Solomon Breweries has served islanders with refreshing lagers for the past three decades. Its Country Manager, Gilbert Rothmaier, shares the company’s success story.
RAISING THE BAR
The archipelagic state of the Solomon Islands is situated in the southwest Pacific Ocean, and its capital, Honiara, in the unspoilt and uncrowded pristine paradise, is home to Solomon Breweries, the country’s first brewery.
Established in 1993, Solomon Breweries plugs into an untapped market, producing quality beers with a range of premix beverages.
The first brand Solomon Breweries introduced to the market was SB Lager, whose full-bodied taste was relaunched in a can with a frigate bird design in 2015 – locally recognised as the symbol of the Solomon Islands.
The award-winning SolBrew Lager soon followed and has become an iconic local premium beer brand. With Canoe Lager launched in 2015 as the go-to for a day at the beach, it developed into the country’s number-one mainstream beer brand before Canoe Blue was added to Solomon Breweries’ portfolio as a light beer.
Alongside providing people with some libation, 98 percent of the company’s workforce are Solomon Islanders, whilst only two percent are expatriates.
“Our employees represent all the different provinces, ages, and religions in the country. However, we have a young talent pool, and a strong percentage of our workforce are women, which happened organically. It’s a natural process for us,” introduces Gilbert Rothmaier, Country Manager of Solomon Breweries.
Driven by talent as well as a code of conduct, Solomon Breweries’ HR department has enforced a domestic violence policy.
“We have a platform where you can report harassment and discrimination. This is an organisation where we discuss issues freely; for example, on International Women’s Day this year, we had a session where young women spoke about the obstacles they experience on a daily basis.
“Stood before their colleagues, they shared that their male counterparts don’t listen to them or take them seriously because of their gender or their age. This generated great discussion amongst all the staff; opening that dialogue enables us to work to become a better place,” Rothmaier informs us.
OPENING THE DOOR
Today, Solomon Breweries is part of the Dutch multinational brewer, Heineken, currently the second-biggest beer company in the world, and as such, it significantly invests in processes, procedures, and policies to uphold standards.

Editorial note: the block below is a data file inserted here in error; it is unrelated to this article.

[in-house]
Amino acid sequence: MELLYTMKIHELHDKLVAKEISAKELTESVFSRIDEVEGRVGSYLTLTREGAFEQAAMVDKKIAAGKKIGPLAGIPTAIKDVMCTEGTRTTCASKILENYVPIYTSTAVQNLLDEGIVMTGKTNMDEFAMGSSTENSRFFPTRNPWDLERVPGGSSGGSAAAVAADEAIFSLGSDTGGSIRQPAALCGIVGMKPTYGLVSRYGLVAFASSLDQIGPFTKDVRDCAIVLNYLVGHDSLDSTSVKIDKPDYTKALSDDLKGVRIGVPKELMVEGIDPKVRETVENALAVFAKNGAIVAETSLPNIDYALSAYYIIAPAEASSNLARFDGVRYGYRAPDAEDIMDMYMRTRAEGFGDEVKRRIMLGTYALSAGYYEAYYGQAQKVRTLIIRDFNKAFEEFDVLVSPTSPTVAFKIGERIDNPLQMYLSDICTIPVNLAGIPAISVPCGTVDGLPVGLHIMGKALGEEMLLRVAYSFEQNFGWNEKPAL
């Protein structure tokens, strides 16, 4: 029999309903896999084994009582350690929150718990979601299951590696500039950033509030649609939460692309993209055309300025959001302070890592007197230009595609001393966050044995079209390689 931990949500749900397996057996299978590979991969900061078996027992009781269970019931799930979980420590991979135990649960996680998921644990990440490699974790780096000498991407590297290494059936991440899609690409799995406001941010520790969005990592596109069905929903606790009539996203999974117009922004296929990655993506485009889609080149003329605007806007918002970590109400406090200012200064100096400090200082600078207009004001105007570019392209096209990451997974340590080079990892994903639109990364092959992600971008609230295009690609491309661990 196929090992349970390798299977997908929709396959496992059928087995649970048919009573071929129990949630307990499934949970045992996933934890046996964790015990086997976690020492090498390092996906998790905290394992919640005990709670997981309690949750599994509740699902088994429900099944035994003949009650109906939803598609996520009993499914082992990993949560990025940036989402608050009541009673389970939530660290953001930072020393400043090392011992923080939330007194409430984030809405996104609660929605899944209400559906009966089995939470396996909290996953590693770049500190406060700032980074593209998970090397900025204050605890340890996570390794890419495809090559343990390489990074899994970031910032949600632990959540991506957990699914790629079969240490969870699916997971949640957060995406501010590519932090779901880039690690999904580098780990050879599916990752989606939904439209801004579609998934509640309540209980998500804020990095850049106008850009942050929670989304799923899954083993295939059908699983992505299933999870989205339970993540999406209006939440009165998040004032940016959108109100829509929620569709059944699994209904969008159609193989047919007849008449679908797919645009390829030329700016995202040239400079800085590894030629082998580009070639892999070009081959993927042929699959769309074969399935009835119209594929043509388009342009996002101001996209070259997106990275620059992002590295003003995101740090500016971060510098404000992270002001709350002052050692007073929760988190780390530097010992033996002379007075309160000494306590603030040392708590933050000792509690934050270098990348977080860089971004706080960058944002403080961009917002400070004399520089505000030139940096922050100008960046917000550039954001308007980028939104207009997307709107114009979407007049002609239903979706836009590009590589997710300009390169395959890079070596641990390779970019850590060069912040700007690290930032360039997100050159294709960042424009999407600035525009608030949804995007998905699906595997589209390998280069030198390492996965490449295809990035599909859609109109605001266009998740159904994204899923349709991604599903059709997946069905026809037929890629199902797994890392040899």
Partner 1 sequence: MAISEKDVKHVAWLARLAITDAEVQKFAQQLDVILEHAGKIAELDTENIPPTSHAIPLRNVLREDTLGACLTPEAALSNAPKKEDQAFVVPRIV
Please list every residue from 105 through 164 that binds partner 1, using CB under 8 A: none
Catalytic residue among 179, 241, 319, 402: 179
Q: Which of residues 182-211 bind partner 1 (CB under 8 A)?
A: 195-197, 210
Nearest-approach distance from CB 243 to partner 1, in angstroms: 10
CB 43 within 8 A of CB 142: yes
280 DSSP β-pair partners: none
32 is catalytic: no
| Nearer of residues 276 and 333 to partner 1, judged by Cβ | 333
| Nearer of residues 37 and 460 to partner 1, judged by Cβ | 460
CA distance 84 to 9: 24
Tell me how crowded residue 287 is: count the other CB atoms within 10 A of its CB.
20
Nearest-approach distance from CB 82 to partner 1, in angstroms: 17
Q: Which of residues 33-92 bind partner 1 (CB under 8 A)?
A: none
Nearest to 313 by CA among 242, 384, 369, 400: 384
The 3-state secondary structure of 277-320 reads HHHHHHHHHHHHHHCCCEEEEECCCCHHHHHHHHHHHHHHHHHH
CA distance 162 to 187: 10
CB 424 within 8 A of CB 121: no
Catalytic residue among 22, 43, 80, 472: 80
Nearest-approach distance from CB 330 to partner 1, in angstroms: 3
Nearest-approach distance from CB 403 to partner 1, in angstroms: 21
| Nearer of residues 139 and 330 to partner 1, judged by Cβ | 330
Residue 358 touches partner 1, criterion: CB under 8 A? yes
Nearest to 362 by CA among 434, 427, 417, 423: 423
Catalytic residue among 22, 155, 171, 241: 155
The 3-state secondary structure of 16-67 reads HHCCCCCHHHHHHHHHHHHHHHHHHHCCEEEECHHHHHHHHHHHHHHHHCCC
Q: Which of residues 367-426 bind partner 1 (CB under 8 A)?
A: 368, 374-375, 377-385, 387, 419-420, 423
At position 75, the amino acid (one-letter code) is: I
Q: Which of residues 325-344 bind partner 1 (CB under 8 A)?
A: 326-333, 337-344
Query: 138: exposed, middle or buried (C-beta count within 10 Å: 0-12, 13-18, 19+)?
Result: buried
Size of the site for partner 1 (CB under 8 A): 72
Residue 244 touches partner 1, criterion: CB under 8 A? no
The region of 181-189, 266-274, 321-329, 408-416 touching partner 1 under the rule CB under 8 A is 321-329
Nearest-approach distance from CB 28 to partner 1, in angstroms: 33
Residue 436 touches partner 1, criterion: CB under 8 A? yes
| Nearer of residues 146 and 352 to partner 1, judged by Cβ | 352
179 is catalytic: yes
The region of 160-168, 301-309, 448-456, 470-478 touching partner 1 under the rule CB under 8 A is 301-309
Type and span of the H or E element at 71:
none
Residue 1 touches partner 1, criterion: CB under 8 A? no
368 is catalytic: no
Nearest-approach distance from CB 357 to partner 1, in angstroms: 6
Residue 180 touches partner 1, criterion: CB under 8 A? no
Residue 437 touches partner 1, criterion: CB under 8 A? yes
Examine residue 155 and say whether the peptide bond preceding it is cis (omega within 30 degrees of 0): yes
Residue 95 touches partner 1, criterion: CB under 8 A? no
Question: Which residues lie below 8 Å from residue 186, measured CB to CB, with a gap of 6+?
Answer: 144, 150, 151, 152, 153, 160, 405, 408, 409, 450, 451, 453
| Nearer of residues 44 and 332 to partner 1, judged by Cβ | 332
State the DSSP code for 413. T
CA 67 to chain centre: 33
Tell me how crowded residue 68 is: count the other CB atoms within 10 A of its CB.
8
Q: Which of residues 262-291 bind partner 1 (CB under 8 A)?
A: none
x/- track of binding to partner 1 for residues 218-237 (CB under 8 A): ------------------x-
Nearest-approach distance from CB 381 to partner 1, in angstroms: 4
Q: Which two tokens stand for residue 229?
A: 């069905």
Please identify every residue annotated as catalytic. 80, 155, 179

“Each operating company must make funding available to ensure businesses comply with local laws or the mother company policy.
“Additionally, the production side also has rigorous standards, so when an international organisation such as Heineken enters a small country like the Solomon Islands, it is a challenge to ensure we meet its requirements,” Rothmaier expresses.
Solomon Breweries unveiled Heineken as an extension of its portfolio at its 20th anniversary celebrations in 2013. The move gave Solomon Islanders a wider choice of beverages, and as the company already had a strong reputation, it was perfectly placed to introduce a brand with global status.
Despite the various challenges of working with a giant of the brewing world, SolBrew Lager received gold at the 61st Monde Selection Awards in 2022.
Monde Selection offers a comprehensive evaluation of consumer products within the culinary, health, and beauty spheres by the International Quality Institute, founded in 1961 in Brussels, Belgium. Therefore, the esteemed and respected award is a testament to SolBrew Lager’s passion for quality and high standards.
“When I have invited people to the brewery for a tour, they are in awe of the equipment as they don’t realise the level of standards that we have to maintain to ensure that the first bottle brewed is always to a required specification,” reveals Rothmaier.
Every year, Heineken conducts a climate survey; although it is not mandatory, everyone is encouraged to participate. The company requests to see what the climate is around the business, and usually, around 96 percent of employees comply.
“The results are overall quite promising. We engaged with Heineken and some other world-class breweries; the outcome is that we focus on any shortcomings and look forward to the next survey,” he notes.
JOURNEY TO NET ZERO
“Positioned in the Pacific, we have environmental targets and see the real-life impact of problematic weather patterns. The sea level is rising, so the target went from being carbon neutral in 2021 to net zero by 2030,” Rothmaier explains.